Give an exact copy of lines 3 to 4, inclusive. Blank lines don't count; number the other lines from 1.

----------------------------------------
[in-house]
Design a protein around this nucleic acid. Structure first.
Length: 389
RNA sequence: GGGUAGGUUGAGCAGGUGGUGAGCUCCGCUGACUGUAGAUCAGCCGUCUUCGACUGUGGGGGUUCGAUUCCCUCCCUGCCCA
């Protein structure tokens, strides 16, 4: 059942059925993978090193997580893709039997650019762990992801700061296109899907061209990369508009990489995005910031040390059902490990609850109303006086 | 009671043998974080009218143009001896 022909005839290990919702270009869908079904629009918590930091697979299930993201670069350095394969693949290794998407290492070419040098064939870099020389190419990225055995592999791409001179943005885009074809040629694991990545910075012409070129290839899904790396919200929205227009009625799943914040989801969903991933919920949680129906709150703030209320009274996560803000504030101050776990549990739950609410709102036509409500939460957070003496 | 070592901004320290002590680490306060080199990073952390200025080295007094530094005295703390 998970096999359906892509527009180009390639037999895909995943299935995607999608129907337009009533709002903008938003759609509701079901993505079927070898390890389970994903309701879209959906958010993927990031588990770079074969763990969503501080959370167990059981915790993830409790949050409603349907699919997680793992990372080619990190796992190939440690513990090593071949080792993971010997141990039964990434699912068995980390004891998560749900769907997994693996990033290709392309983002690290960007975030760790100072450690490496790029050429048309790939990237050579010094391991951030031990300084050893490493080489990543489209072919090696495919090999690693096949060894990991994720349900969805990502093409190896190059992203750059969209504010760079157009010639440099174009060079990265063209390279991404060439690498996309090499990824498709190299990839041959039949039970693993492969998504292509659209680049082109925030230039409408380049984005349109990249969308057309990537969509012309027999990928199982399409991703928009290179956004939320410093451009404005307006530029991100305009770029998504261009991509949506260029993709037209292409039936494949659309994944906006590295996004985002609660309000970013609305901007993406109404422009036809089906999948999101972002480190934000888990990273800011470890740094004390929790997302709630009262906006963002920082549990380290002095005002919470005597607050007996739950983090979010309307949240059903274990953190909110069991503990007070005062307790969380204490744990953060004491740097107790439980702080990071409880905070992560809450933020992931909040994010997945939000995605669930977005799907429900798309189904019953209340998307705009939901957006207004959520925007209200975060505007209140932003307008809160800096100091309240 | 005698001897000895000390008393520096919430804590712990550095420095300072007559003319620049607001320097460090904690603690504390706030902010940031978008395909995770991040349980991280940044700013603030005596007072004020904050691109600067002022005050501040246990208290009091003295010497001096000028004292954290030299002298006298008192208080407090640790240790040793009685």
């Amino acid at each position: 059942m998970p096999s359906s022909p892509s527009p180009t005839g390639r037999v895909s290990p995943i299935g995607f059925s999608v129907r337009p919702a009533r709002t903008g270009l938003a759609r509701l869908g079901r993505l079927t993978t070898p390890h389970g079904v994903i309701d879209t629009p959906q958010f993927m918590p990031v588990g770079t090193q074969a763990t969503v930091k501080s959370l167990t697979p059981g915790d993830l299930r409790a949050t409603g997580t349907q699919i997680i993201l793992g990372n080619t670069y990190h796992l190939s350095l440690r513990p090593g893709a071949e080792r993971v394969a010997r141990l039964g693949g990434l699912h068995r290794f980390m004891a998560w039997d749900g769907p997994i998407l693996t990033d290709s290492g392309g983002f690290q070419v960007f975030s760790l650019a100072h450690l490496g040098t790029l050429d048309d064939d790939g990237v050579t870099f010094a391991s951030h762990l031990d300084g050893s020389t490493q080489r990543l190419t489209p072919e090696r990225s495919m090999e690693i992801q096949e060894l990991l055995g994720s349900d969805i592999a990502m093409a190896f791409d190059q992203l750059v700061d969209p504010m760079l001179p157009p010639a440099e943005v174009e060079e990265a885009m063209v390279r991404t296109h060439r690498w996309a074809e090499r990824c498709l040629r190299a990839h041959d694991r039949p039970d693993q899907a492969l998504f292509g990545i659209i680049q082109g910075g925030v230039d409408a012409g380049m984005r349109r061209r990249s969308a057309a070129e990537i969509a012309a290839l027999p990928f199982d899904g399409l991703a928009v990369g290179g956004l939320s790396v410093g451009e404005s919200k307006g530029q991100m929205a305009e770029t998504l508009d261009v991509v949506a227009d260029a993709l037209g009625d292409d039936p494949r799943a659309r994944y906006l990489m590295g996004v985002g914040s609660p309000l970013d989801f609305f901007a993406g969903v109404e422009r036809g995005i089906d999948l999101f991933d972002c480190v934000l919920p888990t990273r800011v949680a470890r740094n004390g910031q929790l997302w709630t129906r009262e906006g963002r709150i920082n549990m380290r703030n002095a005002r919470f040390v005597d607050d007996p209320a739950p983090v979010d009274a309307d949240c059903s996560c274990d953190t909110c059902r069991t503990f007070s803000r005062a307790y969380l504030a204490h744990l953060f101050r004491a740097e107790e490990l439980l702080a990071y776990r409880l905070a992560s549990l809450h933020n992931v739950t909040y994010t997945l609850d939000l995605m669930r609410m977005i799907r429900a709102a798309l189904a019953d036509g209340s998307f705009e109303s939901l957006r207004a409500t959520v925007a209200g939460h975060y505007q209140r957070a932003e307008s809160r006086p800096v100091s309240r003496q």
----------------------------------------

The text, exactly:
Length: 389
RNA sequence: GGGUAGGUUGAGCAGGUGGUGAGCUCCGCUGACUGUAGAUCAGCCGUCUUCGACUGUGGGGGUUCGAUUCCCUCCCUGCCCA